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row6-New York

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I grew up in Valley Stream, Long Island. I was the second child, oldest male, out of six children to a New York City firefighter. So I'm sort of familiar with the trade. I think the only time I've ever felt fear on this job was the days directly after 9/11. If you weren't in New York at that time, it's very hard to put into words. But New Yorkers just have that natural arrogance and natural aggressiveness and cockyness; and we can take it and we can get over everything. And that really peeled back those kind of emotions from us. And you felt raw; you felt vulnerable and you felt scared. And that's something that I'm not used to feeling--and when you see it on the faces of people in this city that you pass every day, it really hammers it home. They look to you as somebody to give them a little bit of support and--you know--we'd look back at them and they would see we were as scared as they were. But just like--I think--everybody, the fear didn't stop you. The fear gave you an ability to go forward. But I remember the day after 9/11, when I started feeling a little more confident, was when the Yankees played at Yankee Stadium-- the first game they had in New York after 9/11. It was just like things got back a little bit to normal and it just felt like, okay--we can handle this; we'll take it from here. And that's what I remember. [USA FEARS] [NOBODY] [PLAY BALL] You would hear stories about a guy that was supposed to be here, but for some reason he needed to get a drink, and he went over here and he survived. You start hearing about these tiny little tales that, when you look at the bigger picture, you start weaving it together; and how can you not say to yourself that out of this heinous act, there was an immense goodness that came out of it? You know--maybe I'm just an optimist. I don't know--but you can't come away from that day and not think of the huge kindness that came out of people around the globe. You look for the smallest amount of things to put together to get a little bit of traction to make yourself go on to the next smallest thing and try to rebuild. And those were the beginnings of rebuilding that came right out of the ashes of that day. As a forty-seven year old father of two kids, it's not about the money. It's about spending time with your kids. It's about being on the athletic field when your kid recovers that fumble and makes his first touchdown-- or makes the fumble that loses the game. Or it's about going to the dance competition for your daughter when she gets her solo. It's about--all those things mean more to me now than what I thought was important when I was a kid and I guess that's what being a human in the human race is all about. It's--the small things really mean more than the larger things.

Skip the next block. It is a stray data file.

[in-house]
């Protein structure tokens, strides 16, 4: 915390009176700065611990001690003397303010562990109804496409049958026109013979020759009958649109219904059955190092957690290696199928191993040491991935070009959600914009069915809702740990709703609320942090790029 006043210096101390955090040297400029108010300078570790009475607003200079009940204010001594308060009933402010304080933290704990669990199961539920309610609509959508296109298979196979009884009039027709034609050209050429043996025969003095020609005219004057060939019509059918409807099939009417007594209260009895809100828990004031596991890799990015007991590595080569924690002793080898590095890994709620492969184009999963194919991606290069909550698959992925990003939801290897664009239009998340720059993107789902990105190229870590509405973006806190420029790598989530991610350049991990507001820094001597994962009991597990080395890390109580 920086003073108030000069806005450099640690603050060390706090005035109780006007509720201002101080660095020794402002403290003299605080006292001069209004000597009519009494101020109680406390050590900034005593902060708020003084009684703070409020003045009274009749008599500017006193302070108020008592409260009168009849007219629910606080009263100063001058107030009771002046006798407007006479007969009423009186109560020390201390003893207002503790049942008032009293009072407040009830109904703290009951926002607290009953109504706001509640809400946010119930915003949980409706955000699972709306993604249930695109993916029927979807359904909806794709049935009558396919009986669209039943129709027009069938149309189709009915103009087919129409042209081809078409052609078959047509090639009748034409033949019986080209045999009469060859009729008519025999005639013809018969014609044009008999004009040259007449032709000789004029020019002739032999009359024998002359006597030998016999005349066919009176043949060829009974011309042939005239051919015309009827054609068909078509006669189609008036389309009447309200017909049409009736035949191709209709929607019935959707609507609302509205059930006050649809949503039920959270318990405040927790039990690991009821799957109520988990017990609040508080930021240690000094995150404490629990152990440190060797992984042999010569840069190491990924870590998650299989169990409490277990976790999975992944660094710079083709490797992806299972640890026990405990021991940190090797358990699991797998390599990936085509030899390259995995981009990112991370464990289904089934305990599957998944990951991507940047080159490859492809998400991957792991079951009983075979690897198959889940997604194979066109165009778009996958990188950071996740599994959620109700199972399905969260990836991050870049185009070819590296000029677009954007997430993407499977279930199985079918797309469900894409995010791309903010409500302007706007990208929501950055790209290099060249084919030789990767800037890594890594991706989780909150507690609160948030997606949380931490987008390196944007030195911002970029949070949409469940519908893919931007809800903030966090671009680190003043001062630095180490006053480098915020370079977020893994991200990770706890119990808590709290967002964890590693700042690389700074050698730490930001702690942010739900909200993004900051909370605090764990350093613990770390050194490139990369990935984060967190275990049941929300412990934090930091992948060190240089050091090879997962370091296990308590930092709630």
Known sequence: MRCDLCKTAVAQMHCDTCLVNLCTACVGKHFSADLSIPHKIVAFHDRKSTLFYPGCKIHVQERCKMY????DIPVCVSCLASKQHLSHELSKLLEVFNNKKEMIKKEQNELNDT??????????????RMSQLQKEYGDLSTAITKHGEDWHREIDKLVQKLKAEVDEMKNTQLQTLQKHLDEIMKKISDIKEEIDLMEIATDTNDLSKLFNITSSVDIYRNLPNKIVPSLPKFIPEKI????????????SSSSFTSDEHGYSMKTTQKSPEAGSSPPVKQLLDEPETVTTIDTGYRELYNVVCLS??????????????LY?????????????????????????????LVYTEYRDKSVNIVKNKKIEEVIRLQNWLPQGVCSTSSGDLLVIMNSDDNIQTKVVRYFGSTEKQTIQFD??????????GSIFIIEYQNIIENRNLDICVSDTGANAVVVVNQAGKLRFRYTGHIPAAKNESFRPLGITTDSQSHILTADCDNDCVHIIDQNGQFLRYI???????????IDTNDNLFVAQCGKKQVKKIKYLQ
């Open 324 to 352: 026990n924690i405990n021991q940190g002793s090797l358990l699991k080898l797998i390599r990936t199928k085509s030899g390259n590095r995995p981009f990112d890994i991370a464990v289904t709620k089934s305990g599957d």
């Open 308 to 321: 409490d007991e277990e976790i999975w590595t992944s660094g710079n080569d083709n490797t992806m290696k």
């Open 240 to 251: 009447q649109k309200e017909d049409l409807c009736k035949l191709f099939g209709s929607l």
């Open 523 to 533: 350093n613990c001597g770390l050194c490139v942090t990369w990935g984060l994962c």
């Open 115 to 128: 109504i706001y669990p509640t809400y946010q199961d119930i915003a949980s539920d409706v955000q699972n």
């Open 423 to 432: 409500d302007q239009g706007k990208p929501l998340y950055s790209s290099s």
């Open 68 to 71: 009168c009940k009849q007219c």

Video Details

Duration: 3 minutes and 58 seconds
Country: United States
Language: English
Genre: None
Views: 520
Posted by: zad on Sep 16, 2011

row6 New York

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